A recent Australian court ruling demonstrates that the term “workplace” doesn’t necessarily just mean the office when it comes to sexual harassment complaints.
The Australian full Federal Court has upheld a sexual harassment ruling that determined that the street and a hotel were workplaces.
In December, Federal Court Justice Mordy Bromberg found that a Robert Walters contractor had sexually harassed his female manager, both verbally and physically, in May 2009, OHS Alert reported.
The incidents took place in the office, at a hotel, on the street outside the hotel and in a corridor outside the office.
Justice Bromberg found that the locations “had a sufficient workplace nexus and satisfied the statutory definition of ‘workplace’” under the Sex Discrimination Act 1984.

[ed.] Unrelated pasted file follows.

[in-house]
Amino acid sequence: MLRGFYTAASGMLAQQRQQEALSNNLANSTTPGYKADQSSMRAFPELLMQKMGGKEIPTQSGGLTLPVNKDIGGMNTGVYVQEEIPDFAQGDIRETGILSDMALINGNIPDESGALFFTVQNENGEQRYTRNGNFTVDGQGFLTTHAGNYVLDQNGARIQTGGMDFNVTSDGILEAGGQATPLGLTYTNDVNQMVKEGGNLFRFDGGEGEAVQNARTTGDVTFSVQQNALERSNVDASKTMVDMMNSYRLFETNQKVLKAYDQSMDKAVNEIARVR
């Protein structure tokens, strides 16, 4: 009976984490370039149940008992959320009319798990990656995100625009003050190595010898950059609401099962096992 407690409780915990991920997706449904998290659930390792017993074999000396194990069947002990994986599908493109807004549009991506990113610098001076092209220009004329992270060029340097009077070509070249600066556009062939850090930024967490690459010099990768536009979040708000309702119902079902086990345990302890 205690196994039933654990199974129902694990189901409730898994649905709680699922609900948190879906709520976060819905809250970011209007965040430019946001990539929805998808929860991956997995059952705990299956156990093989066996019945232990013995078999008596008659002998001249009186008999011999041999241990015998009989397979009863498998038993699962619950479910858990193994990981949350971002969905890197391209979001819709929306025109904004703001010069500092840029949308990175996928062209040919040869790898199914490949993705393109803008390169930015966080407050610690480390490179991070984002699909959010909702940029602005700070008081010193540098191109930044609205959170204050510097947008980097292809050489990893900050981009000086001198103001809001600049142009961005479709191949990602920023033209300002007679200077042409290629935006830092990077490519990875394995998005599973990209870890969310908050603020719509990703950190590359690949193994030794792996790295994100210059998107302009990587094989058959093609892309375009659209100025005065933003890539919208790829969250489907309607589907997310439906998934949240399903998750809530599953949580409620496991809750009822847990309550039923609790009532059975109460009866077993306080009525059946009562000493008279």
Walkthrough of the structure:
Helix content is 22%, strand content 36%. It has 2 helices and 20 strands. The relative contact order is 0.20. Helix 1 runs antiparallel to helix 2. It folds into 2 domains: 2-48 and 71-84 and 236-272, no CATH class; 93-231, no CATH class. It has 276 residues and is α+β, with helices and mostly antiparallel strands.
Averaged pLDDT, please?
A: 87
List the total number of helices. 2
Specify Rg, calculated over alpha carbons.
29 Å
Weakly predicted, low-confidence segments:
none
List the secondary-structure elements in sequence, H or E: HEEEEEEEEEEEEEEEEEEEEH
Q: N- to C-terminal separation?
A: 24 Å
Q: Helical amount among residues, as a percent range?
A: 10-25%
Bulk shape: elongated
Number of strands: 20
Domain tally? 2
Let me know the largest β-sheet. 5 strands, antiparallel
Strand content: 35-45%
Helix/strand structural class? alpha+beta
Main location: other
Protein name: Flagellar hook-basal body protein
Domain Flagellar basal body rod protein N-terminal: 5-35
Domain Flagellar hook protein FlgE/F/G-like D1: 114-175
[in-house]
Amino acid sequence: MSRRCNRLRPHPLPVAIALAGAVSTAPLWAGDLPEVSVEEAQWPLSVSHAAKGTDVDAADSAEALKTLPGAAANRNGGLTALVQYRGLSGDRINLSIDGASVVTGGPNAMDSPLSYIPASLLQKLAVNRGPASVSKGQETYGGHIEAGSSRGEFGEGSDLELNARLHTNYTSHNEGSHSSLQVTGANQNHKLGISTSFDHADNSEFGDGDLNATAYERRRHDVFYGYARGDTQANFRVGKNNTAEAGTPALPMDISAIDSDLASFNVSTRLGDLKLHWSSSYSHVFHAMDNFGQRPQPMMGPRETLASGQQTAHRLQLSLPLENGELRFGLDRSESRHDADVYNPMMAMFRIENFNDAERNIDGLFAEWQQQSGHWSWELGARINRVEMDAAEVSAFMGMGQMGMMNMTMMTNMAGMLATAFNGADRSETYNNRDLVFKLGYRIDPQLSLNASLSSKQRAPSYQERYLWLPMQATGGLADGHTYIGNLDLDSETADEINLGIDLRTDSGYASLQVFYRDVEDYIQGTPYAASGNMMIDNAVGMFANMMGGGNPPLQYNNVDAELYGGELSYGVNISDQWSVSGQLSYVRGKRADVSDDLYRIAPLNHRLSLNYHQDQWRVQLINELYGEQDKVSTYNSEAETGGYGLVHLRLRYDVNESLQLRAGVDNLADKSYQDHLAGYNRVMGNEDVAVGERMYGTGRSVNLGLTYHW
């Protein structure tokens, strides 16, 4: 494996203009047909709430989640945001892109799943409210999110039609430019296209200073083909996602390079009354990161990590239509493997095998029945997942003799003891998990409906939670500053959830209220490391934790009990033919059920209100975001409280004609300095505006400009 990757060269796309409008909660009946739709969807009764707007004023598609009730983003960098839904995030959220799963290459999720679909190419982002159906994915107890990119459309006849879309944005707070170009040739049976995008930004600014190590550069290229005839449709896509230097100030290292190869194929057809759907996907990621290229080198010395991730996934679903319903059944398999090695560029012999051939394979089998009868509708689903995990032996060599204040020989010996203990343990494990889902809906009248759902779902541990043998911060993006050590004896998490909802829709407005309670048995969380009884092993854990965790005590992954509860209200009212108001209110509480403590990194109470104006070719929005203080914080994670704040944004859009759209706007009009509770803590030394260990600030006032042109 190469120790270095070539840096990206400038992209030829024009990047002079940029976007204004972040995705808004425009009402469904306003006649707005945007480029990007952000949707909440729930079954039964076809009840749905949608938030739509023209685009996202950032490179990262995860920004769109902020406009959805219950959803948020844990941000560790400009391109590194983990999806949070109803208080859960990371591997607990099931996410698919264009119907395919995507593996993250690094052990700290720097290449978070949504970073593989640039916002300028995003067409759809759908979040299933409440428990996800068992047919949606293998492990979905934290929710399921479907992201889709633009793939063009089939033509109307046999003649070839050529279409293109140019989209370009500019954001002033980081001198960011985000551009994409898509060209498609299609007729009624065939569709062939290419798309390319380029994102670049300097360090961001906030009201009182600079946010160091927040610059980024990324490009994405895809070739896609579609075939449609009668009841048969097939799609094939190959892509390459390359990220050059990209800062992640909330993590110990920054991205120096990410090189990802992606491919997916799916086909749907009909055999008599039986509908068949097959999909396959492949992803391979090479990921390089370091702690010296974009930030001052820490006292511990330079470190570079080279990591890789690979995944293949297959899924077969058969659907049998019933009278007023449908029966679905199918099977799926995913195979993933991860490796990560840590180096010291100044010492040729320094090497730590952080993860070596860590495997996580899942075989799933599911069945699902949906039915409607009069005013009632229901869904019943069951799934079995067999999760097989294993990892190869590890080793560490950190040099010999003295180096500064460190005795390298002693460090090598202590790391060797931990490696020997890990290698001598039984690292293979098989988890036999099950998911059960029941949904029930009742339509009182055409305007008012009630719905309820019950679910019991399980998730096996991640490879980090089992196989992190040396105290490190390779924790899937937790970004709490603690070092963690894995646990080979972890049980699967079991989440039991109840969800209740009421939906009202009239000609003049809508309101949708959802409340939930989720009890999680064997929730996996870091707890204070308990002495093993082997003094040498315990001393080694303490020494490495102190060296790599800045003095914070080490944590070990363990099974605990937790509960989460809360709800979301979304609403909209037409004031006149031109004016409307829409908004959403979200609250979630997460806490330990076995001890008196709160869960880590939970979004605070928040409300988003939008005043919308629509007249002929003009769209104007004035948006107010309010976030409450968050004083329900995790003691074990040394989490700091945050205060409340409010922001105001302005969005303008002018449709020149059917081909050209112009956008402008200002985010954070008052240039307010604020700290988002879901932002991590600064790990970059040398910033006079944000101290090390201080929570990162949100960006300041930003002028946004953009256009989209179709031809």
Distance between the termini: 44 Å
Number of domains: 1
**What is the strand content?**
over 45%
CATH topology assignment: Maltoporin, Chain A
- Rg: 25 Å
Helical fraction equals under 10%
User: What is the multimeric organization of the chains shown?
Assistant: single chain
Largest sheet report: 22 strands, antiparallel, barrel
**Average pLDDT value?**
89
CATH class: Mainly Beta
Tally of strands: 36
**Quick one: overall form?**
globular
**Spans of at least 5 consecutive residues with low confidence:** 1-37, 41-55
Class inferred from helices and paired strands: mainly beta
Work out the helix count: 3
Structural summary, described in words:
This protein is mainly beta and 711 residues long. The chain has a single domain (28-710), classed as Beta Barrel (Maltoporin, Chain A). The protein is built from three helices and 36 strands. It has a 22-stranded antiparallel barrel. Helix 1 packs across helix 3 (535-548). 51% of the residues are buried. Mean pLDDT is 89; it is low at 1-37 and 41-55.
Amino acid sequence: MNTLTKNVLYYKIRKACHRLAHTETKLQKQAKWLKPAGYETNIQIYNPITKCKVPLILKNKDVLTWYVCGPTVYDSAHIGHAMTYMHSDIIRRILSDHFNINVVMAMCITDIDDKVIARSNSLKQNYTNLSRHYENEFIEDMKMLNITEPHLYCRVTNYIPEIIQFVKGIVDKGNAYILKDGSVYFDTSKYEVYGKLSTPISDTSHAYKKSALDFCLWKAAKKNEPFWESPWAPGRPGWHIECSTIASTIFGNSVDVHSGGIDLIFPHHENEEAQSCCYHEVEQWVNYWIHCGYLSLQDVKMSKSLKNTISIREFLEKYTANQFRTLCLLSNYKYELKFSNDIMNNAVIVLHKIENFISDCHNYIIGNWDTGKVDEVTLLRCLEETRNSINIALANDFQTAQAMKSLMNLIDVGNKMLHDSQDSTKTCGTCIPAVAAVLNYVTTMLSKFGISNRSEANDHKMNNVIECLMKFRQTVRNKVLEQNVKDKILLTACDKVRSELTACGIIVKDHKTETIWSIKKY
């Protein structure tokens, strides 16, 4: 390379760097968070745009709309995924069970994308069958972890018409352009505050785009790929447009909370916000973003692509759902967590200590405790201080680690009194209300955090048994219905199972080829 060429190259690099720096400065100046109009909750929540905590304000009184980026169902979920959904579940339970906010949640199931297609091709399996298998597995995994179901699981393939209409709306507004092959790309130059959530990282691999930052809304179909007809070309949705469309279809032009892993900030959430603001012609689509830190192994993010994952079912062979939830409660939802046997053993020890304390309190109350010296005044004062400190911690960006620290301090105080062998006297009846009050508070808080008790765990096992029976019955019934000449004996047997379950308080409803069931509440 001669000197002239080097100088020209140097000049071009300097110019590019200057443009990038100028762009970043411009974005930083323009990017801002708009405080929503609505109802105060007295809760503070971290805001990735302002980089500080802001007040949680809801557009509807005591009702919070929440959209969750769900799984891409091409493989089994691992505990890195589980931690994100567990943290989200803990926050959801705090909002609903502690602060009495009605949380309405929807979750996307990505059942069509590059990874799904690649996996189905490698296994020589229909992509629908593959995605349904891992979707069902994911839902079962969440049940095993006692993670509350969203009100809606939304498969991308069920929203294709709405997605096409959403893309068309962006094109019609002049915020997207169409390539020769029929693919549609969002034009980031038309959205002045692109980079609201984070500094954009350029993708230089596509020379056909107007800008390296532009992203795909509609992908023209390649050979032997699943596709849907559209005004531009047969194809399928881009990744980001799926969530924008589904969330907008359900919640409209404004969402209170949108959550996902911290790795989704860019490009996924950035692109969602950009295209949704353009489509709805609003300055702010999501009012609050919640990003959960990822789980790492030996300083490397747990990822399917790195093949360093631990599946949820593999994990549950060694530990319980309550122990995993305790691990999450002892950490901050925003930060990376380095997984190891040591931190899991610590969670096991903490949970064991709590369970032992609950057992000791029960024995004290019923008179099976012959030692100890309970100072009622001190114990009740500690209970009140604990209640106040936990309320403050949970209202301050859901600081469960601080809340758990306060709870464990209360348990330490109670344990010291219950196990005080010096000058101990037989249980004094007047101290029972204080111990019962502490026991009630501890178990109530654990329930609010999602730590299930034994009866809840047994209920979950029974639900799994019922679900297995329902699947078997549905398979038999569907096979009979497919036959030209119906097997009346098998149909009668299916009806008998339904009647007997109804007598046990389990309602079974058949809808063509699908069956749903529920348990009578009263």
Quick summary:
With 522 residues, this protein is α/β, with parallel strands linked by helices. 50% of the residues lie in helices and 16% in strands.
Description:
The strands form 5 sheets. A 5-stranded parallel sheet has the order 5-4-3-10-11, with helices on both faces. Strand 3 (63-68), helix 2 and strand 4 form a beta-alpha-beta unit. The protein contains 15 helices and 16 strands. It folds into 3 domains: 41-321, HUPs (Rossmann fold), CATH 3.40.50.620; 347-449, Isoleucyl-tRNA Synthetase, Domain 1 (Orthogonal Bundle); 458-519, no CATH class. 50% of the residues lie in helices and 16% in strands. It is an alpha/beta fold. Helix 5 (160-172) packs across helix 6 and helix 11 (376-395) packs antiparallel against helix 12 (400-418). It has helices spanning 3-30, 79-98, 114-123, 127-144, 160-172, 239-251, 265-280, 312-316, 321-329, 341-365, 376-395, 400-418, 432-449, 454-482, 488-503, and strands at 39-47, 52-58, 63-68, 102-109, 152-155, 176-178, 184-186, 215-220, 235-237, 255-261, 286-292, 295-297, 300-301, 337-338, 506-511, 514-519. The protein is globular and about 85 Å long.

Under the Act, a workplace is defined as “a place at which a workplace participant works or otherwise carries out functions in connection with being a workplace participant”.
The contractor was ordered to pay his manager $476,163 in compensation, but the amount was reduced to $210,563 after settlements from other parties were taken into account.
The contractor appealed the ruling, but the court upheld the original findings.
In an article by Governance Risk & Compliance Solutions, Australian Sex Discrimination Commissioner Elizabeth Broderick said the ruling had ramifications for other sexual harassment complaints.
She said employers should note that the definition of “workplace” extended outside the physical workplace and it could include, for example, anywhere an employee took their laptop, an office building’s common areas, the café downstairs, on public transport, a taxi or a hotel.
Broderick also said employers should be conscious that the laws relating to sexual harassment extended to their contractors and could cover situations that occurred outside of the conventional workplace.